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Q&A about the Data Shop
What are “Ready to use" City climate projections ?
City Data Package Description It is a data package of 1 weather variable or 40 indicators with time series of monthly or daily values from 1951 to 2100, as simulated by 17 to 21 models (according to the variable) under 2 greenhouse gases emission scenarios (RCP4.5 and RCP8.5). Data are time series from a single site, corresponding to the center of a model grid box of 0.25°x 0.25° (about 25km x 25km). They are "Ready to use" because they are suitable for direct use in climate change impact s
Which climate variables do your provide ?
5 Surface climate variables We provide 5 surface climate variables that correspond to specific model variables as listed below: Temperature Temperature corresponds to model daily values of near-surface (2 meters height) mean air temperature expressed in °C. Maximum temperature Maximum temperature corresponds to model daily maximum of near-surface (2 meters height) air temperature expressed in °C. Minimum temperature Minimum temperature corresponds to the model da
Which climate indices do you provide ?
Over 40 climate indices Indices are indicators calculated from weather variables. The indices we provide were defined by the joint CCl/CLIVAR/JCOMM Expert Team (ET) on Climate Change Detection and Indices (ETCCDI) and can be found here. They are widely used by scientist and adaptation practitioners to evaluate climate variability and change. From precipitation Precipitation days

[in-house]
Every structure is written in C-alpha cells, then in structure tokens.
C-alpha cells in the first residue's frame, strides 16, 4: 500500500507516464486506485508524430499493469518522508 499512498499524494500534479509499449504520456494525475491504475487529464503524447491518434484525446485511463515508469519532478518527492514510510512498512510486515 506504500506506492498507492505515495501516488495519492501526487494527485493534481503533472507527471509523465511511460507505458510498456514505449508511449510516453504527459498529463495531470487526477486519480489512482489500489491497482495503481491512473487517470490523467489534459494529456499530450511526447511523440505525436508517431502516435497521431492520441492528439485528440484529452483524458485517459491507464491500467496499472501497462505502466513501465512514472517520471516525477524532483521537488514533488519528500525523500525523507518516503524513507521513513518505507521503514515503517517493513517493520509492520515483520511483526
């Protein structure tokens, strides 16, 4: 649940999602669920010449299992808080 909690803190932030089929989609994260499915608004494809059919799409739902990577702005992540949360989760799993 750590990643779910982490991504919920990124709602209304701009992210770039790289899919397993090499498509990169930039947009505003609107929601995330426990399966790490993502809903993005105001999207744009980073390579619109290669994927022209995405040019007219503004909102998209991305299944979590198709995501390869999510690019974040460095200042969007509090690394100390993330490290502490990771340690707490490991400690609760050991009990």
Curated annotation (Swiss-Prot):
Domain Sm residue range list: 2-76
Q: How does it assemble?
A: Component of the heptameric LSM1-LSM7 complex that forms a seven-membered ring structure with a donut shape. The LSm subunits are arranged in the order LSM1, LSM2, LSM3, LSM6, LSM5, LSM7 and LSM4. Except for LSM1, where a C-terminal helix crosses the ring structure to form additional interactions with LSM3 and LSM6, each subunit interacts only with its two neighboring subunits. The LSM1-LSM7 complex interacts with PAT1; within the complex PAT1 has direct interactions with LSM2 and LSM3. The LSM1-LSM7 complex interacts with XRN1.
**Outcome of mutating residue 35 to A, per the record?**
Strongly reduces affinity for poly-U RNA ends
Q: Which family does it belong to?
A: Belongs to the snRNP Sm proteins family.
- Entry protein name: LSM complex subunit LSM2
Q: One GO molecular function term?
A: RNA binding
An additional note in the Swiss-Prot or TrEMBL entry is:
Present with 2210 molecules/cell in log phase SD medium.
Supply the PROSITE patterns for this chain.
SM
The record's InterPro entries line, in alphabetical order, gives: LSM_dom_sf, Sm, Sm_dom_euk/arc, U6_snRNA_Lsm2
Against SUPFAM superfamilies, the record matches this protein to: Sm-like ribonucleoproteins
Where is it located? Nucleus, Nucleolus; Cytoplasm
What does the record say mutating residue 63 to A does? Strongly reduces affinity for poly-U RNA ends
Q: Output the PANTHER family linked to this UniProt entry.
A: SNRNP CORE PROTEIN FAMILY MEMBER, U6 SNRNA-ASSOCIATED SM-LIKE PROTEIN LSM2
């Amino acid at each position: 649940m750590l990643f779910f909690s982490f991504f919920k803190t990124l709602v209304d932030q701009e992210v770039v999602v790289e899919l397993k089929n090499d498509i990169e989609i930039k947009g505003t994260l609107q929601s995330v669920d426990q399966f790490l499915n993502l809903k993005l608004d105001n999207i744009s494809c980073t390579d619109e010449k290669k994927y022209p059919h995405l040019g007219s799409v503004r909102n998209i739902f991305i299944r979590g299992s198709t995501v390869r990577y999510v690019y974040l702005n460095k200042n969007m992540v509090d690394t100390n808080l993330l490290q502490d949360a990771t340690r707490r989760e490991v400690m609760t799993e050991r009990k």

What's your original data source ?
Data Sourcing The original model data we process come from research organisations around the world that run Earth System Models to simulate future world climate under different greenhouse gas scenarios. These data are accessible to everyone through a peta-scale distributed database called the Earth System Grid System Federation or ESGF or for a subset through Copernicus Climate Change Service or C3S. You can also check the list
Do you provide historical observations?
Reanalysis data as observations The historical data we provide are reanalysis, but practitioners often refer to them as “observations” and use them for the same purposes as observations from weather stations. In locations where observations are scarse, reanalysis are one of the solutions that provides past conditions over long time periods. _Reanalysis is a scientific method for developing a comprehensive record of how weather and climate are changing over time. In it, observations and a num